Randomizing Districts for Reelections: A Thought Experiment
Bureau of Economic Analysis (BEA); Longwood University
Peter C. Stone
Trinity College (Dublin); Stanford University
Western Political Science Association 2011 Annual Meeting Paper
Legislators depend upon their respective electoral districts for reelection. As a result, they face incentives to advance the interests of their constituencies, even when those interested are at odds with the wider interests of the country as a whole. These incentives generate logrolling, pork barrel projects, and other effects that are potentially detrimental to the national interest. Any solution to these problems would have to align the interests of legislators more closely with the national interest. This paper explores one possible proposal for accomplishing this aim. The proposal would require candidates seeking legislative election (or reelection) to run in different districts for primary and general elections. While a candidate would be at liberty to seek nomination by a particular party in any district she chooses, once nominated she would be required to face the candidates of other parties in another district selected at random. The result would be that legislators would make decisions behind what we call a veil of randomness.Our paper describes such a rule, including its philosophical and economic underpinnings, and subsequently demonstrates how the rule changes each politician’s preference function to align with a more universal interest. It concludes by reflecting upon the lessons of this proposal for the project of institutional reform.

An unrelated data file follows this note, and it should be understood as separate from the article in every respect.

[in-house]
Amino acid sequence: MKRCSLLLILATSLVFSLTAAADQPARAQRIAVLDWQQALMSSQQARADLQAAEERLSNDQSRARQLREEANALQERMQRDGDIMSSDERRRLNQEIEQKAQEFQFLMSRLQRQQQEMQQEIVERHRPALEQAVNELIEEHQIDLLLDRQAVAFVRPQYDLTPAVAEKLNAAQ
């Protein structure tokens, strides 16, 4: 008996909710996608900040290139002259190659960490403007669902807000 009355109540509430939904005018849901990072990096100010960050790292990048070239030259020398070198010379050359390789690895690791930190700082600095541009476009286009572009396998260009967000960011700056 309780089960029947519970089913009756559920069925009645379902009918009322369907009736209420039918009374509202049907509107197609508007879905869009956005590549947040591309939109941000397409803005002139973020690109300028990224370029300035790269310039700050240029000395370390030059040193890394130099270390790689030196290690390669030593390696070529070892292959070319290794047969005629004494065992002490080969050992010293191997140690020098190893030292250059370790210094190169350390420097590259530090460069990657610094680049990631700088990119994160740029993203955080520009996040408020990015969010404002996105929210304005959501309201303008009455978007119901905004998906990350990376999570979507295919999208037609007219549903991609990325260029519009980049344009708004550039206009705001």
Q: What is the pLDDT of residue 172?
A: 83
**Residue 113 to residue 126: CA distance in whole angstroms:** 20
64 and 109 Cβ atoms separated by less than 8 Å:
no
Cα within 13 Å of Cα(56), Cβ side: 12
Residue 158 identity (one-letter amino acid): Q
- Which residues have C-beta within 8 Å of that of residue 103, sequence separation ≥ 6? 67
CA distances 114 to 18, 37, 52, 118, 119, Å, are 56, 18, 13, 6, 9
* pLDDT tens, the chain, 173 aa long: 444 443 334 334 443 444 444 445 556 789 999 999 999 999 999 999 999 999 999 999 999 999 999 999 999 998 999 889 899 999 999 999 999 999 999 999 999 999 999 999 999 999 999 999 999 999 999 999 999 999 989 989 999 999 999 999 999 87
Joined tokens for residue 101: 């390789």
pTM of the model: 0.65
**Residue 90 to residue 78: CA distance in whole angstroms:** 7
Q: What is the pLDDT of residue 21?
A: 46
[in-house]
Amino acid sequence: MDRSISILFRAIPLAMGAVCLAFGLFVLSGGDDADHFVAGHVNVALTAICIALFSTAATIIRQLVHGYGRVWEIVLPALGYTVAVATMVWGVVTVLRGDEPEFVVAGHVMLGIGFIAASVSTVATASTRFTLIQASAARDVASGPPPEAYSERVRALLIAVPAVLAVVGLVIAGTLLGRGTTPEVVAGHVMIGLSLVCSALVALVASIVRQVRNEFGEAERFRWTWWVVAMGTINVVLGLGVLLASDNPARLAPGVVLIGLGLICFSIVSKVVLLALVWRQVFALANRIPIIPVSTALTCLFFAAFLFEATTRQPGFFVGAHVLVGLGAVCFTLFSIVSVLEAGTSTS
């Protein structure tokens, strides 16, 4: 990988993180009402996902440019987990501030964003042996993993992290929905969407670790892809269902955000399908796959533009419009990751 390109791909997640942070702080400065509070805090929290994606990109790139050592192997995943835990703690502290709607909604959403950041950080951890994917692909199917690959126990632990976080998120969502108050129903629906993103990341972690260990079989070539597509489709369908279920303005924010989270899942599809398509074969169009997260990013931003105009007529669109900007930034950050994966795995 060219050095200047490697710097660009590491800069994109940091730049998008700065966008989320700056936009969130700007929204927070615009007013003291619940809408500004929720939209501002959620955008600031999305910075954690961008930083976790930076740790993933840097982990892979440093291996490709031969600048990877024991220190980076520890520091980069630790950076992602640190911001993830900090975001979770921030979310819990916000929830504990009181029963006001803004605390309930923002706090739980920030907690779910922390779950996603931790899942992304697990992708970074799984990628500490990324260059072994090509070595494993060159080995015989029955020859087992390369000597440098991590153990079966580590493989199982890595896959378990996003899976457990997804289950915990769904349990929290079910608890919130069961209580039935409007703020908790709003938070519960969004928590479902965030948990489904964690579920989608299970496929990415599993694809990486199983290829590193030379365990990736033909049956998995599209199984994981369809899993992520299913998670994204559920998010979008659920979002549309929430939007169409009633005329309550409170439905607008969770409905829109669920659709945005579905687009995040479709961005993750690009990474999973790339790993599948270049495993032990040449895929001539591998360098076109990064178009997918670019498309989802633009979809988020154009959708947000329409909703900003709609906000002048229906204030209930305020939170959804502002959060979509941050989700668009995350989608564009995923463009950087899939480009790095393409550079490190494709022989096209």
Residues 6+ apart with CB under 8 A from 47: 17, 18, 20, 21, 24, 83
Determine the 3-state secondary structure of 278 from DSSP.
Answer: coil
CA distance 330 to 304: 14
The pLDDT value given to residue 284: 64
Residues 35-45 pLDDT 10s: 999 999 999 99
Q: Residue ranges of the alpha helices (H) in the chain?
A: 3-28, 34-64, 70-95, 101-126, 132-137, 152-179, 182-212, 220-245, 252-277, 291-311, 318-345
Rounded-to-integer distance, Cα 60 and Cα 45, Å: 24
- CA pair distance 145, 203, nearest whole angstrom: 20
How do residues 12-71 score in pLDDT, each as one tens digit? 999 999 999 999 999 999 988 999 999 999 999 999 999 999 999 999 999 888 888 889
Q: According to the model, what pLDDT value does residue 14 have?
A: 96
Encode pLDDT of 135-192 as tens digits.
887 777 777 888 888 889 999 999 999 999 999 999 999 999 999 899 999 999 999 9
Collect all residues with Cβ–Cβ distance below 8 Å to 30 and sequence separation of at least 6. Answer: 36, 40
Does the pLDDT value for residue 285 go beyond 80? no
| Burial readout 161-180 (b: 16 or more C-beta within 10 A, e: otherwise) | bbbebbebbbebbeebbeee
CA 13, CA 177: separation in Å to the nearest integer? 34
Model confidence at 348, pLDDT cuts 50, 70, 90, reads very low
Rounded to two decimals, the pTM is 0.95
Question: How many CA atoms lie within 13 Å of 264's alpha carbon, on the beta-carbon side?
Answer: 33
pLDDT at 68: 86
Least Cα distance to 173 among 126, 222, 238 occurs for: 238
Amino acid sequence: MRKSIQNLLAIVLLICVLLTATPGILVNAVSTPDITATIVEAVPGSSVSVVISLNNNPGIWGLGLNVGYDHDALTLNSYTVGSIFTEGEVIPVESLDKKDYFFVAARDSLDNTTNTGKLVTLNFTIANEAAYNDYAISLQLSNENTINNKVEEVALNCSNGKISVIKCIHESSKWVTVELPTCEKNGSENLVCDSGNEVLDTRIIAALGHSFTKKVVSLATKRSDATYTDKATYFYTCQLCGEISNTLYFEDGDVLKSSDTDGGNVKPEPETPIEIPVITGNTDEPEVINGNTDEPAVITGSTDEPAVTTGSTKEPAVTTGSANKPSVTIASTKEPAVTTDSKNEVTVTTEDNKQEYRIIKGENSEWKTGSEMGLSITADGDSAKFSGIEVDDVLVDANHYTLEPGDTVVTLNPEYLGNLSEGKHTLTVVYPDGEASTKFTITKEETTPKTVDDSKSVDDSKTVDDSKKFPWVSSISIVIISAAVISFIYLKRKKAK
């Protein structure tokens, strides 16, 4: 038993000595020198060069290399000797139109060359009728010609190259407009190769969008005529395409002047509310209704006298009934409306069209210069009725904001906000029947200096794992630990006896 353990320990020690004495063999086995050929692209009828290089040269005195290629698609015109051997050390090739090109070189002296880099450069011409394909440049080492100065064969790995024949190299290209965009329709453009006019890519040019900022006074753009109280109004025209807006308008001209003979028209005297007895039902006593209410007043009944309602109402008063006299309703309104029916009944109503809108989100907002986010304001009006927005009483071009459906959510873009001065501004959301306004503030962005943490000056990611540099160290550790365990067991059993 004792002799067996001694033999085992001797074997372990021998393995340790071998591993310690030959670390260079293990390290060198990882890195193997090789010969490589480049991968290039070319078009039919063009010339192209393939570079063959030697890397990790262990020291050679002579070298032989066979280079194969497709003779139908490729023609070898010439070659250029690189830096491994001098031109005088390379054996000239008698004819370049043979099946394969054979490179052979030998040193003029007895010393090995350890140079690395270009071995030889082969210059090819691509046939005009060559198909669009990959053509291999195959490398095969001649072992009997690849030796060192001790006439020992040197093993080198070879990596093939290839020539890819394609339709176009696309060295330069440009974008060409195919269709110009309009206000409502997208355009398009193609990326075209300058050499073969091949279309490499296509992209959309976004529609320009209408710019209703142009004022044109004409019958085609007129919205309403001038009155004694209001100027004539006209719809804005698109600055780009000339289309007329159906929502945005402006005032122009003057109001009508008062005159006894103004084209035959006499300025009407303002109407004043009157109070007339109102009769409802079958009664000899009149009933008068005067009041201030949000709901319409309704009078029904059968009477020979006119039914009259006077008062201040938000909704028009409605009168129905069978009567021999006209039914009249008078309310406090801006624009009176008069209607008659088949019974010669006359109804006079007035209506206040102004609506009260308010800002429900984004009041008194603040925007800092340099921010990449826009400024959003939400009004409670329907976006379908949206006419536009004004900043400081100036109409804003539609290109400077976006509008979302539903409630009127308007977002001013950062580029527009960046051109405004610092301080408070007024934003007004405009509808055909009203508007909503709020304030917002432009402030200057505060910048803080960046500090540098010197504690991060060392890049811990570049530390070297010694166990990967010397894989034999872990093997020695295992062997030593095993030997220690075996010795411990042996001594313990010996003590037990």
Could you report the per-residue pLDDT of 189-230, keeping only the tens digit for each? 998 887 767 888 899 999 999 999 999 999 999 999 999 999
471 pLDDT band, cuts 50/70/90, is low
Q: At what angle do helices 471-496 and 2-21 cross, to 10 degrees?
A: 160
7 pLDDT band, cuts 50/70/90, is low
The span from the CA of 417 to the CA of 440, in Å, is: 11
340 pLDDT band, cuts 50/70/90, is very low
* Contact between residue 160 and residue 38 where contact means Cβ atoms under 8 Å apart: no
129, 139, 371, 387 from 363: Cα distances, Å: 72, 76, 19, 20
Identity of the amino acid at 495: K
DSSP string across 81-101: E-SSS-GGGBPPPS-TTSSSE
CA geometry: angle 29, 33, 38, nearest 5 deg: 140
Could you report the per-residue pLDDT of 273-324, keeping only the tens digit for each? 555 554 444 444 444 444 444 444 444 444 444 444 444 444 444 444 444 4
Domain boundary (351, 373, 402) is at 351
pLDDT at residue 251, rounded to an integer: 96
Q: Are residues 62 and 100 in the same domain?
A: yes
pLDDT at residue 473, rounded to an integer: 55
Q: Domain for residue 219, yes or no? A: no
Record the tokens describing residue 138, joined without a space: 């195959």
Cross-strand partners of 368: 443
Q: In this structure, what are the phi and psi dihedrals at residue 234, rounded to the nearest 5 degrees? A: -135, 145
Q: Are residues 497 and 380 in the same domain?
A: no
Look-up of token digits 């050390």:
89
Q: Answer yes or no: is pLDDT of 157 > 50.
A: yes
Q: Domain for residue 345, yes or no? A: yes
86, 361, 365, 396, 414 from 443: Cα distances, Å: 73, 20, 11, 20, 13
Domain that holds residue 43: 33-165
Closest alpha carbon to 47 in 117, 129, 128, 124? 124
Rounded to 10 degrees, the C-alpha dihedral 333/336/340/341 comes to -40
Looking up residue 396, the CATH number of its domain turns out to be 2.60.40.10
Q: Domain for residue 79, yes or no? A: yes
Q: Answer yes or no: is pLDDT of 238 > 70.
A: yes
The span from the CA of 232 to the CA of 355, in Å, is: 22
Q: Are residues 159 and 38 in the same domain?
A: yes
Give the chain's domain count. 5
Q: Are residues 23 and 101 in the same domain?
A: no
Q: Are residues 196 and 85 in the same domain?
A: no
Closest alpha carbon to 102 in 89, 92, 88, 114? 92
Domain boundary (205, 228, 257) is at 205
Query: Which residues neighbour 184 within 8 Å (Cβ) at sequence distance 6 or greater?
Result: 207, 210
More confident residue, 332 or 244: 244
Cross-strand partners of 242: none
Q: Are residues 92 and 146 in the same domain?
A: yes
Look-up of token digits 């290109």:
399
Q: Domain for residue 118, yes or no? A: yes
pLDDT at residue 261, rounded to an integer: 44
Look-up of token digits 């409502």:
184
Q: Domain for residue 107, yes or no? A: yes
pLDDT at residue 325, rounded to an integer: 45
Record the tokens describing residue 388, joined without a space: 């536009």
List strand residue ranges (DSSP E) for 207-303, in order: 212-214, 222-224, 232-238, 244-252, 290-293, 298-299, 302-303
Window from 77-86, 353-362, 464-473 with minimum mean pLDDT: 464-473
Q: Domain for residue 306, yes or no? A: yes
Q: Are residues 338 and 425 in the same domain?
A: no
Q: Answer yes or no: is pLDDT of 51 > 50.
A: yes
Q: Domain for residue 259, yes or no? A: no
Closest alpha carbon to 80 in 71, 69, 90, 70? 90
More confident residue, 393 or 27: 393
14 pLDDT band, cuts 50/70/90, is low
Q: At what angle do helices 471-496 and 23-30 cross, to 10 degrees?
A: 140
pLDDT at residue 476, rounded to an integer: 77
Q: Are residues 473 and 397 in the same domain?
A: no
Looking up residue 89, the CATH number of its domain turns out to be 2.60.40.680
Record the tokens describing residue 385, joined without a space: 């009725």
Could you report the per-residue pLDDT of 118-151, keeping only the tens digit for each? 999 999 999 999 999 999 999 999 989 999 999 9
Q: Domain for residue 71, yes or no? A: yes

Number of Pages in PDF File: 30
Date posted: February 22, 2011 ; Last revised: April 21, 2011
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